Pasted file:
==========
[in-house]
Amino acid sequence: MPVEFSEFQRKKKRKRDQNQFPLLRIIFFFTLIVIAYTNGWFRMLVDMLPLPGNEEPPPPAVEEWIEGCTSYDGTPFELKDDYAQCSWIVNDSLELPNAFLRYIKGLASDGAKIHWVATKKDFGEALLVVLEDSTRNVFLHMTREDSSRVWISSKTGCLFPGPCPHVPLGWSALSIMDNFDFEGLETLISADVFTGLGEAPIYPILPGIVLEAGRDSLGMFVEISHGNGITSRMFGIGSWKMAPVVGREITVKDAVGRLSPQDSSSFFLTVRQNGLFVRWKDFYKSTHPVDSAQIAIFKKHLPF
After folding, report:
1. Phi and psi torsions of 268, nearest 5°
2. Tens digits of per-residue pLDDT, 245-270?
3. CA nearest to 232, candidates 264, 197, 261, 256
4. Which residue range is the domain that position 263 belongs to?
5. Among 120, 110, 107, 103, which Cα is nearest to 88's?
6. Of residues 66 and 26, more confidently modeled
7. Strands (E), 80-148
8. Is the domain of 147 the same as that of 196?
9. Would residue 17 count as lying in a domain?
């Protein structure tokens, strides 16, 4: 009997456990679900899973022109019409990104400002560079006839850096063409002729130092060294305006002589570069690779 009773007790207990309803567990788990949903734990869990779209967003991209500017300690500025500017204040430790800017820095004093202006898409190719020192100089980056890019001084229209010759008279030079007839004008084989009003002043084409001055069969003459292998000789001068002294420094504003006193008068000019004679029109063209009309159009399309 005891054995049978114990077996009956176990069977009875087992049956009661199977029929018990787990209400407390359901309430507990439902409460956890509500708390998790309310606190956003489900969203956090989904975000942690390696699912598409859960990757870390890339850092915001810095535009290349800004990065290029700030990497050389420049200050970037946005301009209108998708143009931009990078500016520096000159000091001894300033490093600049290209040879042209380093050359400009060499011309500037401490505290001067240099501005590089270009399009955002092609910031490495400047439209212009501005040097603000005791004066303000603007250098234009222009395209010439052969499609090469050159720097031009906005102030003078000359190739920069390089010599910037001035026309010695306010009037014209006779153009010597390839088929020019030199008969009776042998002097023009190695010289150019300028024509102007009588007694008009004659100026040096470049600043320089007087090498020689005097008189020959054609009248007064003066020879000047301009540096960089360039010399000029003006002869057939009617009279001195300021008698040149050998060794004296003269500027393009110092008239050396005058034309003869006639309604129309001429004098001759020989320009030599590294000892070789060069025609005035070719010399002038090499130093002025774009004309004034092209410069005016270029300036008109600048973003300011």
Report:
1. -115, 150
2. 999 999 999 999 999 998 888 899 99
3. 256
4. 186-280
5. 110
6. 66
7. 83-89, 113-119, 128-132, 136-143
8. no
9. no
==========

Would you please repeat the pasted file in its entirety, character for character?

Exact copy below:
[in-house]
Amino acid sequence: MPVEFSEFQRKKKRKRDQNQFPLLRIIFFFTLIVIAYTNGWFRMLVDMLPLPGNEEPPPPAVEEWIEGCTSYDGTPFELKDDYAQCSWIVNDSLELPNAFLRYIKGLASDGAKIHWVATKKDFGEALLVVLEDSTRNVFLHMTREDSSRVWISSKTGCLFPGPCPHVPLGWSALSIMDNFDFEGLETLISADVFTGLGEAPIYPILPGIVLEAGRDSLGMFVEISHGNGITSRMFGIGSWKMAPVVGREITVKDAVGRLSPQDSSSFFLTVRQNGLFVRWKDFYKSTHPVDSAQIAIFKKHLPF
After folding, report:
1. Phi and psi torsions of 268, nearest 5°
2. Tens digits of per-residue pLDDT, 245-270?
3. CA nearest to 232, candidates 264, 197, 261, 256
4. Which residue range is the domain that position 263 belongs to?
5. Among 120, 110, 107, 103, which Cα is nearest to 88's?
6. Of residues 66 and 26, more confidently modeled
7. Strands (E), 80-148
8. Is the domain of 147 the same as that of 196?
9. Would residue 17 count as lying in a domain?
């Protein structure tokens, strides 16, 4: 009997456990679900899973022109019409990104400002560079006839850096063409002729130092060294305006002589570069690779 009773007790207990309803567990788990949903734990869990779209967003991209500017300690500025500017204040430790800017820095004093202006898409190719020192100089980056890019001084229209010759008279030079007839004008084989009003002043084409001055069969003459292998000789001068002294420094504003006193008068000019004679029109063209009309159009399309 005891054995049978114990077996009956176990069977009875087992049956009661199977029929018990787990209400407390359901309430507990439902409460956890509500708390998790309310606190956003489900969203956090989904975000942690390696699912598409859960990757870390890339850092915001810095535009290349800004990065290029700030990497050389420049200050970037946005301009209108998708143009931009990078500016520096000159000091001894300033490093600049290209040879042209380093050359400009060499011309500037401490505290001067240099501005590089270009399009955002092609910031490495400047439209212009501005040097603000005791004066303000603007250098234009222009395209010439052969499609090469050159720097031009906005102030003078000359190739920069390089010599910037001035026309010695306010009037014209006779153009010597390839088929020019030199008969009776042998002097023009190695010289150019300028024509102007009588007694008009004659100026040096470049600043320089007087090498020689005097008189020959054609009248007064003066020879000047301009540096960089360039010399000029003006002869057939009617009279001195300021008698040149050998060794004296003269500027393009110092008239050396005058034309003869006639309604129309001429004098001759020989320009030599590294000892070789060069025609005035070719010399002038090499130093002025774009004309004034092209410069005016270029300036008109600048973003300011």
Report:
1. -115, 150
2. 999 999 999 999 999 998 888 899 99
3. 256
4. 186-280
5. 110
6. 66
7. 83-89, 113-119, 128-132, 136-143
8. no
9. no